Hardcover: 288 pages
Publisher: Weidenfeld & Nicolson (10 Jul 2008)
We live at a pivotal time in human history. While most of us go about our daily business oblivious to the unprecedented environmental changes taking place around us, our world is poised at a critical tipping point beyond which we will bequeath to our children and our children’s children a world of environmental degradation, economic breakdown and social chaos. A ruined planet, sweltering beneath a carbon-soaked atmosphere, plundered of its resources, and shorn of many of its iconic (and not so iconic) species will be our legacy. Unless, that is, we take drastic and immediate action to diminish our emissions of the greenhouse gases, such as carbon dioxide and methane, that are inexorably transforming a generally benign climate into a volatile and overheated maelstrom. The timeframe to take action is desperately short if my four-year old son, along with all of his generation, is not to face the prospect of an increasingly uncomfortable and insecure life on a planet growing ever more inhospitable.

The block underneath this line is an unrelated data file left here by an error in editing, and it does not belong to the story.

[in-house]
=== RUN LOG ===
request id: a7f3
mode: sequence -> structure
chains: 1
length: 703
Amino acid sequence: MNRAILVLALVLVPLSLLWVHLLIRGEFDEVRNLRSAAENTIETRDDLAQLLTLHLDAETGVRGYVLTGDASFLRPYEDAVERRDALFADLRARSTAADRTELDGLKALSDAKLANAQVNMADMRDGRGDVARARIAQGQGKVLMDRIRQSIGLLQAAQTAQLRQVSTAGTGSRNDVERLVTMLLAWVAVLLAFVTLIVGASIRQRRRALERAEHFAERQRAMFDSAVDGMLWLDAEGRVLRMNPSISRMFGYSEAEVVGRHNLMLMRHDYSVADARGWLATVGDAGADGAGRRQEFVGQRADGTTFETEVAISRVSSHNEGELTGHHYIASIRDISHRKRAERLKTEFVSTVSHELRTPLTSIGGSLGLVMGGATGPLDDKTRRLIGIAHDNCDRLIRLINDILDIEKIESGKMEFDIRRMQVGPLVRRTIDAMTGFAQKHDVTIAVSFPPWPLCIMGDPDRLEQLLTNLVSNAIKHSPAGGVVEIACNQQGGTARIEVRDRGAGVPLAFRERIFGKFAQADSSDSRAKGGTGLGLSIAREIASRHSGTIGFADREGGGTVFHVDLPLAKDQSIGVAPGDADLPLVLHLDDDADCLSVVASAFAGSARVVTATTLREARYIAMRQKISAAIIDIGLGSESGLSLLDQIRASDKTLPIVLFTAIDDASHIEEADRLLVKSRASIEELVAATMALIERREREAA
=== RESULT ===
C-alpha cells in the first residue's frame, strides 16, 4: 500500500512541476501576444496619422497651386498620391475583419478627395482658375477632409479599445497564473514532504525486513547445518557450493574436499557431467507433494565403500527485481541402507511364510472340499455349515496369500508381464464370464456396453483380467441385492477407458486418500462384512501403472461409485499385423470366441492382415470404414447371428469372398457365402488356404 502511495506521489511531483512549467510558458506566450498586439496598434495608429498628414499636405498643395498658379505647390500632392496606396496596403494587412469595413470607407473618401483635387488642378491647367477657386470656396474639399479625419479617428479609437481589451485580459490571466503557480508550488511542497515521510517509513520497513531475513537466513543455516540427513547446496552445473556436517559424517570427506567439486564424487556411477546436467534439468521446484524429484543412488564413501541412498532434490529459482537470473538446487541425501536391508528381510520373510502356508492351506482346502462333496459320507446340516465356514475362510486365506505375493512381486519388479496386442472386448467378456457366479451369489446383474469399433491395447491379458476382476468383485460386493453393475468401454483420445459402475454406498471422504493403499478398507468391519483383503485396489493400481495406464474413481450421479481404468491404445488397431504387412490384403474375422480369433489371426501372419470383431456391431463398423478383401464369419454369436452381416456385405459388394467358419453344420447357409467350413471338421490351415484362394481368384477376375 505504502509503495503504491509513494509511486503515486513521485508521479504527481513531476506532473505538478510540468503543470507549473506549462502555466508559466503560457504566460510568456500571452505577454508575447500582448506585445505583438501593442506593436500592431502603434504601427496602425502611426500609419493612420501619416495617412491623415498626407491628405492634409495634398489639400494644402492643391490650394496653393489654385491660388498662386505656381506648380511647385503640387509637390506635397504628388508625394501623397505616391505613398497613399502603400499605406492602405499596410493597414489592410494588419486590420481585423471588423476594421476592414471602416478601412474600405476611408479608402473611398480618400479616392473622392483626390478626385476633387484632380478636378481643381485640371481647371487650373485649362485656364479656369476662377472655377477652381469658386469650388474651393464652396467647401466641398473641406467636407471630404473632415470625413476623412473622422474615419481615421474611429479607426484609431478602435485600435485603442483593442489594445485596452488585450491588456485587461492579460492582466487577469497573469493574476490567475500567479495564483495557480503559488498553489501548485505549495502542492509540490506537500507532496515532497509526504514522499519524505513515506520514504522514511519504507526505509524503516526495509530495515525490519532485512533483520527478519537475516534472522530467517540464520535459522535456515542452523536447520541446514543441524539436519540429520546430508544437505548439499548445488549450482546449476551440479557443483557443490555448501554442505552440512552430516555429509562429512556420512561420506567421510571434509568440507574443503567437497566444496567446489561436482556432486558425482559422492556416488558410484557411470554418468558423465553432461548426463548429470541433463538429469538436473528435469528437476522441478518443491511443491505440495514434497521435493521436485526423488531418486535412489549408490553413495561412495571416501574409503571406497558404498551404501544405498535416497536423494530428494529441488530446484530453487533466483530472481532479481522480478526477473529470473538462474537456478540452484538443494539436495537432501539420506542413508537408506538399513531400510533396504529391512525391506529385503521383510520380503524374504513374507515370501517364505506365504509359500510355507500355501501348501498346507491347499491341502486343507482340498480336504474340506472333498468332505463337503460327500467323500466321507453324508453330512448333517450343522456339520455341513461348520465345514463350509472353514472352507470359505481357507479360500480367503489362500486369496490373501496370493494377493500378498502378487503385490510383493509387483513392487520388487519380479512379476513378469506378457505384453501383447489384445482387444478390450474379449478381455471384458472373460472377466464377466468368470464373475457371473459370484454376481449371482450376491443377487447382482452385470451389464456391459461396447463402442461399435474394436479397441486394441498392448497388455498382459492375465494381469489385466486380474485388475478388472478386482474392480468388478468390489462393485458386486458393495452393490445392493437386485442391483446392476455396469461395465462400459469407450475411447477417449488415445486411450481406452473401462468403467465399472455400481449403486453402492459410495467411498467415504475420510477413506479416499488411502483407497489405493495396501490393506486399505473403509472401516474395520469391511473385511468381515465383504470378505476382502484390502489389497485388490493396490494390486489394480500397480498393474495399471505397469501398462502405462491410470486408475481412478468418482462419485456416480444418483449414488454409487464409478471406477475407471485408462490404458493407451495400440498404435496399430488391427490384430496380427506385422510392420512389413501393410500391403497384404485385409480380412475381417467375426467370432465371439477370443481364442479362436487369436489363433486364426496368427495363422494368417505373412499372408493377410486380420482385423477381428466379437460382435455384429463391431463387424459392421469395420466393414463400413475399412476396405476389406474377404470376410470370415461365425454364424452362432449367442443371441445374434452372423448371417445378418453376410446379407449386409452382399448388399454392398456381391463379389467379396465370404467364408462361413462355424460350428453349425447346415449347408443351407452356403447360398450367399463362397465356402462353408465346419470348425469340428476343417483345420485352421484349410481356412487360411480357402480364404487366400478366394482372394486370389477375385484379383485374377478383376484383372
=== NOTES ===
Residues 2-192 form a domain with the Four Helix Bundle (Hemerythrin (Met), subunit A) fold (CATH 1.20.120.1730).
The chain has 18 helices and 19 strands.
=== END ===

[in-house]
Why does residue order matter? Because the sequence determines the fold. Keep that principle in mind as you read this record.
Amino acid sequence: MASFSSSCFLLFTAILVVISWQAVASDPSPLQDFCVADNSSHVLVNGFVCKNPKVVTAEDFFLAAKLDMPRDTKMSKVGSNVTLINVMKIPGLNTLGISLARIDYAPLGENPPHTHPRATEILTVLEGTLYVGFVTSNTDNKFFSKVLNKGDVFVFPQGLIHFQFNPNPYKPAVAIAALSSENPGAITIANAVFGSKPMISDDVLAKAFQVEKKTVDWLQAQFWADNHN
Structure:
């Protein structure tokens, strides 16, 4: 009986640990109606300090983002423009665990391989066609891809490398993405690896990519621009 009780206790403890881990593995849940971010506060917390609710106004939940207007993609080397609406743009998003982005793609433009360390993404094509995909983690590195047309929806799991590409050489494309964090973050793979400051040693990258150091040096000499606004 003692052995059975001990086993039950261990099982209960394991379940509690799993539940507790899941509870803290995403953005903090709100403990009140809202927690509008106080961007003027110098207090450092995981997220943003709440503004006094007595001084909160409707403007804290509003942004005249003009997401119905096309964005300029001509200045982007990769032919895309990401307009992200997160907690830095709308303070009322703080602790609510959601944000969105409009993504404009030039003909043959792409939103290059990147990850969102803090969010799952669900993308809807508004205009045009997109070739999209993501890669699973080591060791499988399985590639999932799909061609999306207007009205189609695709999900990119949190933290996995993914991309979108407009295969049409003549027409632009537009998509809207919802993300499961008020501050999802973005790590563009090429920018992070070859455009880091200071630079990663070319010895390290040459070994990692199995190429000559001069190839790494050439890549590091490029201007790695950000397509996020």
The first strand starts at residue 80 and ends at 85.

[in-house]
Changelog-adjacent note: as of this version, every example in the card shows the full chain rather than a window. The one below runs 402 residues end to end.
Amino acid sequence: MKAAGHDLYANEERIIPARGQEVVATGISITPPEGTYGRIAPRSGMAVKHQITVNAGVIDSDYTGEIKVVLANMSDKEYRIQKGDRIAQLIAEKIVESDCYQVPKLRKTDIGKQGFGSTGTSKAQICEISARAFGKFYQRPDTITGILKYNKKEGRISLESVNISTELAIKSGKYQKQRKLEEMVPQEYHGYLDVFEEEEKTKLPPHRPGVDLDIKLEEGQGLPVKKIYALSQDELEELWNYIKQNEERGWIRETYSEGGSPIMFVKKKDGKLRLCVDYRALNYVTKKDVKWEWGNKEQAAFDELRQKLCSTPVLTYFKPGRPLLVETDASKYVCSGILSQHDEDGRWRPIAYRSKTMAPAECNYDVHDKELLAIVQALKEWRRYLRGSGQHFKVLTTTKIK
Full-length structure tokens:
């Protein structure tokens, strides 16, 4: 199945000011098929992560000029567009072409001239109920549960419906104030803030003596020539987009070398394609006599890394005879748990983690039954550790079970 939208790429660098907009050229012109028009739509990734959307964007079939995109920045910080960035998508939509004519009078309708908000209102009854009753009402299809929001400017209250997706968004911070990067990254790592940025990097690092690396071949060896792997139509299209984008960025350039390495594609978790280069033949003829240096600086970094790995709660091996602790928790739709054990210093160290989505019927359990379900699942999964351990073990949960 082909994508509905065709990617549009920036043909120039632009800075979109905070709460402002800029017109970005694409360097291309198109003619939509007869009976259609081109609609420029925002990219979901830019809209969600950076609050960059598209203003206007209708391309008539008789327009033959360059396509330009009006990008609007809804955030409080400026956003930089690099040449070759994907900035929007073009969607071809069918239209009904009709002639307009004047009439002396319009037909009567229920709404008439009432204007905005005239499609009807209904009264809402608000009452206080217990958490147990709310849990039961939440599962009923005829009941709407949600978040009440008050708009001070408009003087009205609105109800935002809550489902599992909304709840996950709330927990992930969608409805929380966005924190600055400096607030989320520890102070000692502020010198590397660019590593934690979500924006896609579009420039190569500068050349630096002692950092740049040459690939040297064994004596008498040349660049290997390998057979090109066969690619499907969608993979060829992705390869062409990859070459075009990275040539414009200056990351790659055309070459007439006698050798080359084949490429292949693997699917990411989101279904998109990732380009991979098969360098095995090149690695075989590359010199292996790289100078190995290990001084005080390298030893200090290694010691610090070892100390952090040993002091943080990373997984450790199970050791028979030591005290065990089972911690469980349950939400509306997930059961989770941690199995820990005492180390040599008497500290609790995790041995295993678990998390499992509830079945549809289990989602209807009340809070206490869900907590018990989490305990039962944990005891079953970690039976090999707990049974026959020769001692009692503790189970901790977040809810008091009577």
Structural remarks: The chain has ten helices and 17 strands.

For those of us fortunate to have had our time on this planet in the cosy, cosseted, developed world, the ‘never had it so good’ generations, the choices we make now will avert or precipitate catastrophe. Have we the means and the will to change course? The picture does not look good. Already we are experiencing some of the milder consequences of a changing climate. Increased bouts of torrential rain, more heat waves, and larger numbers of Atlantic hurricanes are symptomatic. To prevent the full-blown effects of ‘dangerous climate change’*governments, business and individuals need to rethink radically their policies, their values and how they live their lives.